January 17, 2022 at 3:39 a.m.

A love for goats 

Mother, daughter raise caprines, start business 
The Hovels – (from left) Brad, Kelly and Lily – milk seven goats near Cannon Falls, Minnesota. The Hovels also make and sell goat milk soap. PHOTO BY KATE RECHTZIGEL
The Hovels – (from left) Brad, Kelly and Lily – milk seven goats near Cannon Falls, Minnesota. The Hovels also make and sell goat milk soap. PHOTO BY KATE RECHTZIGEL

By Kate Rechtzigel- | Comments: 0 | Leave a comment

CANNON FALLS, Minn. − For Kelly Hovel, goats have been a way of bringing her closer to her daughter, Lily.  
“I never imagined myself with goats,” Hovel said. “We got them on a whim, but then they were kind of like an addiction. We fell in love.” 
Hovel and her family − husband Brad and children Lily, 10, and Riggin, 6 − milk seven dairy goats near Cannon Falls. They have 12 Nigerian Dwarf does, one Saanen doe, one Nubian doe and five bucks on their farm in Goodhue County. 
The family began milking last year. 
“We started with three Nigerian Dwarf wethers and it grew from there,” Hovel said. “By luck, we got a Nubian doe, and my son just fell in love with the long ears.” 
From there, the family grew their small farm with another Nubian doe and buck and a Saanen doe. They also have chickens and ducks. 
“This summer, we are going to have Nubian babies,” Hovel said. 
Every morning, Hovel gives the goats fresh water and hay, and Lily and Riggin take care of their rabbits, ducks and chickens. At night, Hovel gives the goats fresh hay, grain and water, and Lily and Riggin make sure the ducks and chickens have fresh feed and water. 
Working from home as a registered nurse allows Hovel to take care of her goats and other farm animals.
“I don’t make the kids go out when it’s really cold,” Hovel said. “But the kids want to show in 4-H so they understand that part of 4-H is making sure their animals are fed daily.”
Hovel milks her goats twice a day on milk test. They kid in late spring or early summer and milk through mid-September. Her longest milking goat this year was on a 229-day milk test.
“This year, I want to continue to milk through December on a 305-day test so the goats can earn their milk stars,” Hovel said. “That is where the does milk volume, butterfat and protein weights are calculated and averaged to determine if the goat has enough points to receive a star.” 
Hovel milks in a small shed. In the shed, she also stores hay and animal feed. 
“I have two milk stands,” Hovel said. “I bring them in two at a time and milk one as the other one waits. Then, I get the other one set up and milk her as I put the other one back and then bring in another one. I hope to one day have a nice pole barn to milk them in.” 
Hovel stored the milk in a freezer for about six months before deciding what to do with it.
“I joined a bunch of different goat groups on Facebook and saw what others were doing,” Hovel said. “I hadn’t learned how to make cheese yet so I decided to learn how to make soap.” 
Hovel and her family watched many videos, bought soap making books and eventually determined a recipe that works for them. 
“My husband told me to make a recipe, perfect it and use that,” Hovel said. “That’s what we did, but there’s so many different options you can use.” 
Hovel starts her soap making process by melting oils together and mixing frozen milk with a lye solution. 
“I use frozen milk so that it doesn’t scourge when lye is added to it,” Hovel said. “This part takes the longest because you have to mix the lye into the milk slowly.”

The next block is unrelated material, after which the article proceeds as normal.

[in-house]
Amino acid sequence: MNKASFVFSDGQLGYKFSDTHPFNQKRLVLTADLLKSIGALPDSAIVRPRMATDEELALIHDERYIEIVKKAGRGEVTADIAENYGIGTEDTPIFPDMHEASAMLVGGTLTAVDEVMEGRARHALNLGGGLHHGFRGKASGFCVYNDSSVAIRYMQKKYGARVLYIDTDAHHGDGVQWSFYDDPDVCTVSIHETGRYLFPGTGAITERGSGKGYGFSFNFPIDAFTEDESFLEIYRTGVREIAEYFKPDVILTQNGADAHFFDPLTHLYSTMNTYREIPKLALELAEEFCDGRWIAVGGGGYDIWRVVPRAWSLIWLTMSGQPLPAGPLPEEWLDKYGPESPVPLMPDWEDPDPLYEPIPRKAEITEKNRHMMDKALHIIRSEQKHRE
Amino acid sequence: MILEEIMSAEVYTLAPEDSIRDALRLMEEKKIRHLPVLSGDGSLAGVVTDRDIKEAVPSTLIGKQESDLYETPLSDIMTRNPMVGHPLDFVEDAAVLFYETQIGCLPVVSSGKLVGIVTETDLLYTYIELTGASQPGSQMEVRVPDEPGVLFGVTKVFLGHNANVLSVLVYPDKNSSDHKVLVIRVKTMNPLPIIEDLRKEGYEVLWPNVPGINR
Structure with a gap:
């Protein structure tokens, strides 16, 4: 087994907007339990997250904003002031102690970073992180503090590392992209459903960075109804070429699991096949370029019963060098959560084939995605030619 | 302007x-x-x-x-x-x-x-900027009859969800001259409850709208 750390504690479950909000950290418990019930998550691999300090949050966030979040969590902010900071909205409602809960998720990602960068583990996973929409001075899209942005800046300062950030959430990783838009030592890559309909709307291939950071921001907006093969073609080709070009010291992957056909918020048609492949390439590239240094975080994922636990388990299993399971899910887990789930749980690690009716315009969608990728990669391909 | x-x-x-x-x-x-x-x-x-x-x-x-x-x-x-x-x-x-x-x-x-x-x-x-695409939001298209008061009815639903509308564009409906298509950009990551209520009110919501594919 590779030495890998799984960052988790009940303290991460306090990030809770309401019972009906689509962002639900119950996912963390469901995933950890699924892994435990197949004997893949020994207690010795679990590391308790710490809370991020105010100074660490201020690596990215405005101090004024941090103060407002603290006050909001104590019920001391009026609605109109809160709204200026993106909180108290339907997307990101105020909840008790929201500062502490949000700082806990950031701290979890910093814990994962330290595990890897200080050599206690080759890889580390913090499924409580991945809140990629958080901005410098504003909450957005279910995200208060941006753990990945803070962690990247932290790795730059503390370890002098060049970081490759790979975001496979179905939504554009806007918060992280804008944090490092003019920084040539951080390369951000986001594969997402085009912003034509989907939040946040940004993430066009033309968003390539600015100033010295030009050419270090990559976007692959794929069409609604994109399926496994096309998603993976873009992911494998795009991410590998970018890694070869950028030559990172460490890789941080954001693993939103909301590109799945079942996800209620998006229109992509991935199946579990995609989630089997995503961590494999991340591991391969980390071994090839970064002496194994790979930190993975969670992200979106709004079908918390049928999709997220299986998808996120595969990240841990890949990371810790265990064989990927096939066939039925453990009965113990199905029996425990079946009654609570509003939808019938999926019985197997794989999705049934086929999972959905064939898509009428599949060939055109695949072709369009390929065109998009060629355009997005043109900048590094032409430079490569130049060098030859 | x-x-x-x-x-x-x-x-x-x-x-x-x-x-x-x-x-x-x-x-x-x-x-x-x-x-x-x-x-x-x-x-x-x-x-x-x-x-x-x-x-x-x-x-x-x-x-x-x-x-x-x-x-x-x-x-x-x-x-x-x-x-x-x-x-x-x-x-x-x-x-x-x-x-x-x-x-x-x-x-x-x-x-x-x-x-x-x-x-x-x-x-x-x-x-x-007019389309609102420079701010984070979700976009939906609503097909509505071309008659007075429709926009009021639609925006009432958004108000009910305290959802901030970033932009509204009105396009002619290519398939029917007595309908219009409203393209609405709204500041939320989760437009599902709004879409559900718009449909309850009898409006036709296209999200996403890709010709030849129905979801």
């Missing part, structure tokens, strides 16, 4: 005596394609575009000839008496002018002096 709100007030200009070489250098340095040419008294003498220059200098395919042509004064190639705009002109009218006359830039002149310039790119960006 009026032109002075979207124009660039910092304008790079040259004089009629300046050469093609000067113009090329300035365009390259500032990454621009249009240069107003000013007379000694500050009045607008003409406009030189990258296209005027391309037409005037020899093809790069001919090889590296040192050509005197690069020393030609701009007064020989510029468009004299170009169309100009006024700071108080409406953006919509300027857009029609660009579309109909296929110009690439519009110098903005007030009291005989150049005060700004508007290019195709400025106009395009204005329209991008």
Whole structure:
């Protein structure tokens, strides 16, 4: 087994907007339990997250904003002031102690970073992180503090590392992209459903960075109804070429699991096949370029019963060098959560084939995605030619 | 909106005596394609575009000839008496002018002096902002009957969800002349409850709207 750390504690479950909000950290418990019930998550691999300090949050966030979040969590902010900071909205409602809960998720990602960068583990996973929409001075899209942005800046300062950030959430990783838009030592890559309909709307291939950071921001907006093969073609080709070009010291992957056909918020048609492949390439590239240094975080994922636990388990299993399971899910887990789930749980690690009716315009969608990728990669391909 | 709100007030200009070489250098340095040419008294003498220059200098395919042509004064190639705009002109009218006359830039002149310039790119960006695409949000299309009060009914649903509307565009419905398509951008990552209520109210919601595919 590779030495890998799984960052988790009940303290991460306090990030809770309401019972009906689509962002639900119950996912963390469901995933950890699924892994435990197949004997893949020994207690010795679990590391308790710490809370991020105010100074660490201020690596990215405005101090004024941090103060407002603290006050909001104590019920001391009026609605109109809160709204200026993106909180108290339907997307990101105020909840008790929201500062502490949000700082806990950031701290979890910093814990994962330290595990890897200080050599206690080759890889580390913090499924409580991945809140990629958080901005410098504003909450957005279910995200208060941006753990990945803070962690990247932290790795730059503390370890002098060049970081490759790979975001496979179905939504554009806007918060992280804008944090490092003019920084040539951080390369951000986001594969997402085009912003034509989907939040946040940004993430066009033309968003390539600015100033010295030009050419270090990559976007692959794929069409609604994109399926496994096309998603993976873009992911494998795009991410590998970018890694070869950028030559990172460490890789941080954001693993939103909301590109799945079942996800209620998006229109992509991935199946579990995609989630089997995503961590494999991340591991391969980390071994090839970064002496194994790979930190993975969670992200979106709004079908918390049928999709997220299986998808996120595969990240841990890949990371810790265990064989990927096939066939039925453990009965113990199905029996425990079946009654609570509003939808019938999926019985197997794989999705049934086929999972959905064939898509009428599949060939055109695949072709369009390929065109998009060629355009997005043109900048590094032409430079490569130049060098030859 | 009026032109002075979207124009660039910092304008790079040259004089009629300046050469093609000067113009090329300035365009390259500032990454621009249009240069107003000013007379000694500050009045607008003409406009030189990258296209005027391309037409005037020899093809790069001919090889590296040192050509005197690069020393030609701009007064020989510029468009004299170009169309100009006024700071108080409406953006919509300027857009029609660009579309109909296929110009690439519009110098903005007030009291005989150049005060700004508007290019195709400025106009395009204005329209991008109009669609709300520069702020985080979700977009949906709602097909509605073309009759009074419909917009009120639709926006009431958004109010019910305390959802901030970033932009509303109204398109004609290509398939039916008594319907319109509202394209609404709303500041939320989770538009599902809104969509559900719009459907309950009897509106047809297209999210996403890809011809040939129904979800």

From there, she mixes her oils and milk solution together with an immersion blender and adds any colors or fragrances. 
“It’s fun making soap with Lily,” Hovel said. “She tells me what kind of designs and colors she likes and we go from there. It’s fun to see Lily’s excitement.” 
After the soap is mixed, the soap sits in a mold for 24 hours. Hovel then cuts the soap and ages it for over six weeks.  
“We do it for fun,” Hovel said. “It’s rewarding to come up with our soap designs after milking the goats all summer, and I like getting Lily, my family and friends involved.” 
Even Hovel’s husband, who is a full-time hog, beef and crop farmer, takes time to show off Hovel’s soaps for various vendor events and on the farm’s social media page.
“He’s my soap model,” Hovel said. “I’ll take a picture of him posing with a new bar of soap and people get really excited about it. Some even say I should make a calendar of him and my soap.” 
Besides being active on social media and at vendor events in 2021, Hovel’s main customers are her family and friends. 
“My mom, Lori, keeps my soap for decoration in her bathroom,” Hovel said. “She says it’s too pretty too use. But it’s really cool after many trials that I actually made a product that we can use and enjoy.”
Hovel also enjoys teaching others about her goat milk soap. 
“Brad’s aunt, Sue Franklin, and her friend came over six weeks before Christmas, and I taught them how to make soap,” Hovel said. “I still have a lot to learn, but it’s fun teaching others about our soap. And, knowing that it comes from my goat herd is really rewarding.”
The family has also dealt with learning curves over the past couple years. 
“I’m not a perfectionist by any means,” Hovel said. “Occasionally, we will have one batch that won’t work out because we added the lye too fast or something, and we’ll get bummed. It really helps to have a community of soap makers who encourages us to try a different recipe, make sure we are weighing out our ingredients correctly and having accurate measurements.” 
Hovel plans to continue making goat milk soap as a hobby. 
“As long as we still have goats and I’m on milk test, I plan to keep making soap,” Hovel said. “I’d like to have a better facility to keep all the goats and hay in but that’s more of a dream. For now, I hope the kids like showing goats in 4-H.”


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